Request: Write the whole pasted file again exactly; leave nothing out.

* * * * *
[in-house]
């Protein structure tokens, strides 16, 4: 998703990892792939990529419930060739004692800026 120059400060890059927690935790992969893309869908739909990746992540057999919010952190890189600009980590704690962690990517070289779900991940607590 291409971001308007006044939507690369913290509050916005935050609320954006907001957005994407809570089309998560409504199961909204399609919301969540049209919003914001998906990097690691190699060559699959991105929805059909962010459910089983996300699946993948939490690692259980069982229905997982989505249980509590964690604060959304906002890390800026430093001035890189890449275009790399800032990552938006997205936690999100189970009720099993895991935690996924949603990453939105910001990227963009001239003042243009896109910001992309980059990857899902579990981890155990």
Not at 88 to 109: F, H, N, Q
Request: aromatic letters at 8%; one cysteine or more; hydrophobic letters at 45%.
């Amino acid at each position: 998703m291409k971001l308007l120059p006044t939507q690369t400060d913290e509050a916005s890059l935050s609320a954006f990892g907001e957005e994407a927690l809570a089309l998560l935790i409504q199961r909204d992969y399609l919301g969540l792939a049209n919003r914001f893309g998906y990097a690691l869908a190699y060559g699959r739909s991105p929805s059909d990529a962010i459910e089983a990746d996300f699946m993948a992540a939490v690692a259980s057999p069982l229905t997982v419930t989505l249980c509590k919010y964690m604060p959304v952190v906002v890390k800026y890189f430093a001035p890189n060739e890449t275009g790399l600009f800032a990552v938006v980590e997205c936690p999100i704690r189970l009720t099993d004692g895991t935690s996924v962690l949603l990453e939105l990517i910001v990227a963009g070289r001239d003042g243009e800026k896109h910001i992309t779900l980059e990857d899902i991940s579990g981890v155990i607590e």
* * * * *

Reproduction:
[in-house]
């Protein structure tokens, strides 16, 4: 998703990892792939990529419930060739004692800026 120059400060890059927690935790992969893309869908739909990746992540057999919010952190890189600009980590704690962690990517070289779900991940607590 291409971001308007006044939507690369913290509050916005935050609320954006907001957005994407809570089309998560409504199961909204399609919301969540049209919003914001998906990097690691190699060559699959991105929805059909962010459910089983996300699946993948939490690692259980069982229905997982989505249980509590964690604060959304906002890390800026430093001035890189890449275009790399800032990552938006997205936690999100189970009720099993895991935690996924949603990453939105910001990227963009001239003042243009896109910001992309980059990857899902579990981890155990």
Not at 88 to 109: F, H, N, Q
Request: aromatic letters at 8%; one cysteine or more; hydrophobic letters at 45%.
């Amino acid at each position: 998703m291409k971001l308007l120059p006044t939507q690369t400060d913290e509050a916005s890059l935050s609320a954006f990892g907001e957005e994407a927690l809570a089309l998560l935790i409504q199961r909204d992969y399609l919301g969540l792939a049209n919003r914001f893309g998906y990097a690691l869908a190699y060559g699959r739909s991105p929805s059909d990529a962010i459910e089983a990746d996300f699946m993948a992540a939490v690692a259980s057999p069982l229905t997982v419930t989505l249980c509590k919010y964690m604060p959304v952190v906002v890390k800026y890189f430093a001035p890189n060739e890449t275009g790399l600009f800032a990552v938006v980590e997205c936690p999100i704690r189970l009720t099993d004692g895991t935690s996924v962690l949603l990453e939105l990517i910001v990227a963009g070289r001239d003042g243009e800026k896109h910001i992309t779900l980059e990857d899902i991940s579990g981890v155990i607590e």